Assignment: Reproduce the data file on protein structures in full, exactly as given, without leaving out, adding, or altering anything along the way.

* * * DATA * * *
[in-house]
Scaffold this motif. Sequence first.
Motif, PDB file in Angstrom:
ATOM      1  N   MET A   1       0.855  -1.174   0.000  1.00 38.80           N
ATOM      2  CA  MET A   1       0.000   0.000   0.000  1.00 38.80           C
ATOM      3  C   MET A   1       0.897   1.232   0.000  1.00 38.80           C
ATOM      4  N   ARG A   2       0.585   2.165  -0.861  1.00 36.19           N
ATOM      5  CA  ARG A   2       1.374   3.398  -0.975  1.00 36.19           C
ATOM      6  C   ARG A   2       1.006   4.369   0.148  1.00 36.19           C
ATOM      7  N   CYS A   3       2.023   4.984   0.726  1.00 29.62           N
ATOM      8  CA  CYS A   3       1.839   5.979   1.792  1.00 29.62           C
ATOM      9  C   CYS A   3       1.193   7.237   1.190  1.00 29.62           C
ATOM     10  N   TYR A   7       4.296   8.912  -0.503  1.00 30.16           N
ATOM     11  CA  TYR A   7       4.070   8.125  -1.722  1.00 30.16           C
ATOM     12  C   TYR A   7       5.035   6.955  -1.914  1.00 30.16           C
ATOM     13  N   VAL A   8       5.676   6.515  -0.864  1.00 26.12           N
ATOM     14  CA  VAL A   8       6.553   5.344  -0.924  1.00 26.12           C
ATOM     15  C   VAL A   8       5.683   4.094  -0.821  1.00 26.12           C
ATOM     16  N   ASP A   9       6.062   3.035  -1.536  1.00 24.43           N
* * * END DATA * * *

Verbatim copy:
[in-house]
Scaffold this motif. Sequence first.
Motif, PDB file in Angstrom:
ATOM      1  N   MET A   1       0.855  -1.174   0.000  1.00 38.80           N
ATOM      2  CA  MET A   1       0.000   0.000   0.000  1.00 38.80           C
ATOM      3  C   MET A   1       0.897   1.232   0.000  1.00 38.80           C
ATOM      4  N   ARG A   2       0.585   2.165  -0.861  1.00 36.19           N
ATOM      5  CA  ARG A   2       1.374   3.398  -0.975  1.00 36.19           C
ATOM      6  C   ARG A   2       1.006   4.369   0.148  1.00 36.19           C
ATOM      7  N   CYS A   3       2.023   4.984   0.726  1.00 29.62           N
ATOM      8  CA  CYS A   3       1.839   5.979   1.792  1.00 29.62           C
ATOM      9  C   CYS A   3       1.193   7.237   1.190  1.00 29.62           C
ATOM     10  N   TYR A   7       4.296   8.912  -0.503  1.00 30.16           N
ATOM     11  CA  TYR A   7       4.070   8.125  -1.722  1.00 30.16           C
ATOM     12  C   TYR A   7       5.035   6.955  -1.914  1.00 30.16           C
ATOM     13  N   VAL A   8       5.676   6.515  -0.864  1.00 26.12           N
ATOM     14  CA  VAL A   8       6.553   5.344  -0.924  1.00 26.12           C
ATOM     15  C   VAL A   8       5.683   4.094  -0.821  1.00 26.12           C
ATOM     16  N   ASP A   9       6.062   3.035  -1.536  1.00 24.43           N